Thursday, April 24, 2014

The Other Heroes: A Portrayal of Women in Comics - Part 4

Editor’s note: This series of blog posts was adapted from a paper written by Erminia “Minnie” Saucedo. Minnie’s series on this topic will enlighten you on the portrayal of women in comics. We’re excited that she’s shared this with us. Enjoy this enlightening series.

By Erminia Saucedo

Girls’ Comics
Comics have always been seen as an entertainment set specifically for boys, even from the creation of
the comic industry in 1938, however a small revolution of comic genres came about four years after the first golden year to change this thought. Although super hero comics were and still are a majority of the comic industry when it started, with each title proudly boasting a male hero, “Girl’s comics” came into existence and were geared towards the female audience. While hero creators attempted to draw women into series and even created a few new female heroes, they were nothing more than over glamorized women that were meant to attract men and, to a lesser extent, please women. Women, very obviously, were not interested in comics of that nature and shunned the industry for the most part until the tides turned in the year 1941. Comic creators had finally found the key ingredient for a “girl’s comic”: a wholesome self image and realistically relatable characters. In December of 1941 the Archie series was released from MJL Publications and was the first comic ever to be geared specifically for women as it featured romance and comedy at the heart of its stories. It flew from the stands quickly as girls between the ages of six and thirteen found female characters they could finally relate to in Betty and Veronica, two girls who were both rivals and friends vying for the heart of Archie’s title character Archie.

Years passed, and female fans of Archie’s Girls: Betty and Veronica, a spin off comic made to feature the pair and their romantic antics specifically, was joined by many, many different titles that found and used the key of the wholesome self image and relatable characters. Some of those titles were Patsy Walker, Taffy, My Girl Pearl and Candy, among a seemingly limitless list of others. Each more or less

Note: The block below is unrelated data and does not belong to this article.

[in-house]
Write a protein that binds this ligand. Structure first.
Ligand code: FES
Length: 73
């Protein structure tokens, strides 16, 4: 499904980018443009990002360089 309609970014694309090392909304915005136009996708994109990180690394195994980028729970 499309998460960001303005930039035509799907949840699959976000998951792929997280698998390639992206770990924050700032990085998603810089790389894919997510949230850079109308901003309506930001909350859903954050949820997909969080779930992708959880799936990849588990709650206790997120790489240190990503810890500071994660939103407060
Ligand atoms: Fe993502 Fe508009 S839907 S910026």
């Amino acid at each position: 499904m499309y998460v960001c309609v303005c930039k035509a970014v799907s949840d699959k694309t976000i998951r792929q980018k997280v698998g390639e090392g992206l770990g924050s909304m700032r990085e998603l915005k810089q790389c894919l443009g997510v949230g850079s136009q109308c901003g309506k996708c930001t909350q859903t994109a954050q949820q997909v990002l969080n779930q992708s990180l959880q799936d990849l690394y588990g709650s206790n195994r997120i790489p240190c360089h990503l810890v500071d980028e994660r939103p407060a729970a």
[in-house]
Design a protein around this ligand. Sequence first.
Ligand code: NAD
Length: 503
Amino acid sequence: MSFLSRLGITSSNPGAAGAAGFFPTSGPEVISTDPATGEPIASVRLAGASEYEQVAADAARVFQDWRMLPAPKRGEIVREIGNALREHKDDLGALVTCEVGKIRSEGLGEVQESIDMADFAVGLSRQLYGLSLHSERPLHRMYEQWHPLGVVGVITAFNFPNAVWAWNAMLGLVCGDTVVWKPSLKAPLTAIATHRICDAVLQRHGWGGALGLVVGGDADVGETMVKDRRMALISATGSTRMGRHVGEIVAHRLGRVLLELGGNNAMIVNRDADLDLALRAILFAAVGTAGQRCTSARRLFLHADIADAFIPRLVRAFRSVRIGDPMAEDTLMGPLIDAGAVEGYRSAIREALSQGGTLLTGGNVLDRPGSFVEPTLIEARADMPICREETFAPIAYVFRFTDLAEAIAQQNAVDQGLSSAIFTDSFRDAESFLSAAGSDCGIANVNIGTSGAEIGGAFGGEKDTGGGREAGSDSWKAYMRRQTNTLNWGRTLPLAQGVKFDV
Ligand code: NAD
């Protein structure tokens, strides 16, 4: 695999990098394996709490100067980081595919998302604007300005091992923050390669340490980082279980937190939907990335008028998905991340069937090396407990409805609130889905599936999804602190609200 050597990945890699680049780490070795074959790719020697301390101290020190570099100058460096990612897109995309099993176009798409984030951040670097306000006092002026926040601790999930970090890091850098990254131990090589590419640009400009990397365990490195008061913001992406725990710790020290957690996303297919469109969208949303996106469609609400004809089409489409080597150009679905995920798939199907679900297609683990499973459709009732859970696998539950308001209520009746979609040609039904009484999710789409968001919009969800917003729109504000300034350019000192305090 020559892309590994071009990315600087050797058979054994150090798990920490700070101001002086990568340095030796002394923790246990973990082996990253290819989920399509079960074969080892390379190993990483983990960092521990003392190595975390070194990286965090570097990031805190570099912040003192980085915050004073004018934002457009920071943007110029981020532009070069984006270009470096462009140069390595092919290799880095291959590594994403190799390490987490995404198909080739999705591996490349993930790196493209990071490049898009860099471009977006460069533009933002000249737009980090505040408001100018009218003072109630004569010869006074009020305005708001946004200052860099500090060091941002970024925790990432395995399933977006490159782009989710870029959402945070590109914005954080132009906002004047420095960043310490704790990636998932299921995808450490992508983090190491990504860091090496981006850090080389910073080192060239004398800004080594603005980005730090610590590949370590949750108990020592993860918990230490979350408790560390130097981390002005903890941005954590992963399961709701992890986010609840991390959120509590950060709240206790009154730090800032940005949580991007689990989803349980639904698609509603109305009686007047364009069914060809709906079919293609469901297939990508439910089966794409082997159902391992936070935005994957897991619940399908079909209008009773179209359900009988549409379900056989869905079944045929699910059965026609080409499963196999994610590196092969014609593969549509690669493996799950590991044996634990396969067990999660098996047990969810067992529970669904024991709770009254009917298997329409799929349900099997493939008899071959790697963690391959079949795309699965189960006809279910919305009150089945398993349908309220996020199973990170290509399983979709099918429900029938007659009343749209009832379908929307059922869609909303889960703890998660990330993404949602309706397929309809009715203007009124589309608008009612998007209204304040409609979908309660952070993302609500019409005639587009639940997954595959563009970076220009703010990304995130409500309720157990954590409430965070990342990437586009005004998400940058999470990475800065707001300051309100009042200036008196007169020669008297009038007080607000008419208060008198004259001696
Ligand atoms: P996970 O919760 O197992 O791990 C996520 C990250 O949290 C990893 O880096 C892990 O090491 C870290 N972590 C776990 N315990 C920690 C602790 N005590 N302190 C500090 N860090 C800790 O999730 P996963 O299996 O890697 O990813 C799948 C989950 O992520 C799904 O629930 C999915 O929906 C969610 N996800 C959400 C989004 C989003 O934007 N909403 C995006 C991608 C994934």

about a girl who was in high school and being the typical American teen, shyly fawning over the hunky star quarterback, hanging out with friends and being the spunky good daughter. However there were a few titles like Sunny that completely missed the key ingredient mark and centered on a girl who flunked classes, flirted often and wore spiked heels and low cut, cleavage flashing tops to school. Trina Robbins, author of From Girls to Grrlz, points out, “Unlike many of the other curvy comic book teen queens, Taffy and her toothy friend Putty were…skinny thirteen year olds. The girls were no glamourpusses, but they were adorable…Like many of the other teen titles [another name for “girl’s comics”], Taffy included some stories about real movie stars, pop singers and other teen faves…On the other hand, Sunny, published that same year by Fox Comics and subtitled “America’s Sweetheart”, was the school tramp.” Robbins parallels the series of Taffy and Sunny in order to get a point across; it was and is all about image. Readers could relate a lot more to Taffy than they could Sunny.  Taffy was a normal ditzy girl who dressed just like the everyday girls of the forties while Sunny dressed like the loose floozy everyone talked about behind the gymnasium, which determined which series had the bigger fan base and it was easily Taffy. Sunny lasted only a year due to her poor image where as Taffy lasted for a long while. The creators of Taffy made sure to pay attention to who the modern teenage girls were, what they were interested in and found that not every girl was the same, each was special, giving them the upper hand to create stories that portrayed women and girls in the closest form compared to the real thing. While many of these “Girl’s comics” ended their runs long, long ago, they paved the way for  market to create romance, comedy and high school comics; all of which to this day have steady female consumer bases. Compared to the gritty hero side of the comic world that in a lot of ways does wrong to the female character, “Girl’s comics” have the foul-proof recipe for the realistic woman: Relation, Attention, Detail and Specialty. With this in hand, the comic world will always have a section ruled by the fairer sex for once. (From Girls to Grrlz)

The next, and last, post in this series wraps up our Super Heroines discussion.

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